Saturday 14 November 2015 | Published in Regional
The page appeared to be shutdown for some time this week but was back online yesterday.
The page, Free the Children NAURU, is has been posted by a group of children living both in the community and in the detention centre.
The BBC says the page was started by three children on the island, between 12 and 16 years old, along with a “moderator” who is off island.
The administrators of the group want to remain anonymous for fear the page might be shut down, as children inside the camp are not allowed smartphones, while no one in the country is meant to use Facebook.
“We started the page because we want to show everyone around the world that we are not forgotten children and not just numbers here in Nauru,” a teenager from the group told the ABC.
“We want everyone to hear our voices and the situation we going through.
“We thought if we create this page, many other peoples can see us and feel in our shoes.”
The children hope teachers in Australia and other countries will share the page with their classes so they can communicate with other children.
Many asylum seeker and refugee children do not go to school on Nauru, complaining about teaching standards at local schools and harassment from other students.
A school that operated in Nauru’s detention centre, and was staffed by Australian teachers, was closed in April.
“I am trying to get out the story of the kids and other teenagers in here. I want those teenagers who is reading our story to share this around – about the kids from detention in Nauru,” the member of the group said.
“Every moment spent in here is full of painful (sic). I feel like our future is bleak. We hope for people to care.”
The page shares the stories of various children living on Nauru, as well as their photos, poems and audio messages.
For a time on Friday the Facebook page became unavailable. Responding to a request for information – including the question of whether the page might have been taken down at the government of Nauru’s request – Facebook said it did not remove the page.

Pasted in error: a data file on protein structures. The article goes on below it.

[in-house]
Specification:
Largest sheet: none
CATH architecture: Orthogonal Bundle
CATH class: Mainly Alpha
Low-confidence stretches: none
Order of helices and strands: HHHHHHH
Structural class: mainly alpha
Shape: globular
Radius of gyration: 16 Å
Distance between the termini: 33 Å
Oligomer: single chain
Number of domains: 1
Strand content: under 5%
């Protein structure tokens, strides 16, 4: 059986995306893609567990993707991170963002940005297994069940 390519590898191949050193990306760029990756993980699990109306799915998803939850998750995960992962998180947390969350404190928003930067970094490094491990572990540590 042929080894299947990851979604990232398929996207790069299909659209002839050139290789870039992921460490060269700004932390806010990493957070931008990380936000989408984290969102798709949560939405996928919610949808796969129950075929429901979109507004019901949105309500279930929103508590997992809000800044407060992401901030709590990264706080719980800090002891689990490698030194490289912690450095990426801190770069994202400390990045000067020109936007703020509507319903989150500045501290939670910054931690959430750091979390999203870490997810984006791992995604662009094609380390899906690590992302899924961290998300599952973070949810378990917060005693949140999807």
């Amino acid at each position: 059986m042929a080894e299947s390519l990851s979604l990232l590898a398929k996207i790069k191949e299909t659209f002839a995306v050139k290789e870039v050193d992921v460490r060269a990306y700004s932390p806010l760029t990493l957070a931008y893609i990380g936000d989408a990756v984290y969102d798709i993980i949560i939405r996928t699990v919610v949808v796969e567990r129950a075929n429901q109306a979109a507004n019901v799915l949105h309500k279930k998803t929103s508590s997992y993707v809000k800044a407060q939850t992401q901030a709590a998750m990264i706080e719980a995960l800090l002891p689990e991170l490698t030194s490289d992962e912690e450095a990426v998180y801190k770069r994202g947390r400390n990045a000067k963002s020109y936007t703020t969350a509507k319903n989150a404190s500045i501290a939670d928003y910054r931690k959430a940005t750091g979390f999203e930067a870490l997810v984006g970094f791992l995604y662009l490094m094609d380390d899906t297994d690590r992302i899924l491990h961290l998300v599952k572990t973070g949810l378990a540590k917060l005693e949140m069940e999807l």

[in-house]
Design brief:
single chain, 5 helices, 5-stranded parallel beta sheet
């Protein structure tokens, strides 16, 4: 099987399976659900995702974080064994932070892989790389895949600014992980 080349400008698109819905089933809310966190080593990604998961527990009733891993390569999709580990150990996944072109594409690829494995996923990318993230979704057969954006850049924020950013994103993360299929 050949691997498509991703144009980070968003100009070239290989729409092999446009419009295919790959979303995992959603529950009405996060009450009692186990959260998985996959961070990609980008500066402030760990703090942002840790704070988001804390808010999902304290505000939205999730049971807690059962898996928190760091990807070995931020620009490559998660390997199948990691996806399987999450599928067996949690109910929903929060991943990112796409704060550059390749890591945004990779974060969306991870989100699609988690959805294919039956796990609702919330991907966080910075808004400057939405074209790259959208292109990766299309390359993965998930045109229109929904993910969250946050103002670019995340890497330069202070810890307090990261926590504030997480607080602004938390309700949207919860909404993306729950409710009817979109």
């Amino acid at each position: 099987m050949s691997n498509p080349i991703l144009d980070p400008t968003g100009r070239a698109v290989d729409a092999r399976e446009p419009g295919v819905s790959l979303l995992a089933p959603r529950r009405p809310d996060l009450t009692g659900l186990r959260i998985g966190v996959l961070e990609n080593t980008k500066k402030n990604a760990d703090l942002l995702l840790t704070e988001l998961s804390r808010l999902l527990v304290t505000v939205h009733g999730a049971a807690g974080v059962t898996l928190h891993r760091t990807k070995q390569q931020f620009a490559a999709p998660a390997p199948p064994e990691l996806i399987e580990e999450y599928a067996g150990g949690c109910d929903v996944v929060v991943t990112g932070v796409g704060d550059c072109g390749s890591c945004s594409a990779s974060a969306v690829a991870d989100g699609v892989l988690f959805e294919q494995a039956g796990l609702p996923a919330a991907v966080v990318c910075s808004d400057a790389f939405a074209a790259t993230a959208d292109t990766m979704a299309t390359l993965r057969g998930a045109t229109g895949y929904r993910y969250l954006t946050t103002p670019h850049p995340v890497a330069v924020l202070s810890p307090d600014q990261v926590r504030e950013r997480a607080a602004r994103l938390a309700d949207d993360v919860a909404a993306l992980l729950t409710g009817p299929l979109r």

The Facebook group’s creation comes after allegations of sexual and child abuse prompted an inquiry from Australia’s government.
Yesterday, the Free the Children NAURU group posted this message:
“Thank you for all your love and caring for us. We really appreciate that. But we are really busy with the bad comments and nasty messages so it’s being hard to reply back to those who sending us love and hopes.”
“We also feel grateful to read those beautiful messages but can’t reply back, chasing with those nasty messages because the children won’t be happy with those bad messages who are sending. So it’s really affect on the kids. Good night, we will be back tomorrow and we will sleep with your loves in our heart.”
In response to that note, one Facebook user wrote:
“Please know it is our government, not us who do this to you. I don’t know a single other person apart from politicians who would say it is the right thing to do to put children in prison. I wish so much we could do something for you.”
The latest figures from the Department of Immigration show 92 children remain in detention on Nauru, awaiting refugee assessment.
Official figures detailing how many children have been declared refugees and live on Nauru were not available, but the ABC understands they number at least 80.
Children who have been declared refugees either live in the community, or in the detention camp while they wait for accommodation to be built for them and their families elsewhere on the island.
Within Australia, 77 children remain in detention centres.
Last month, police on Nauru twice raided the offices of Save the Children, a charity that has provided health services and established a school for detained children.
The ABC reported that the authorities seized computers and devices that can access the Internet, apparently in response to an unfavorable news article.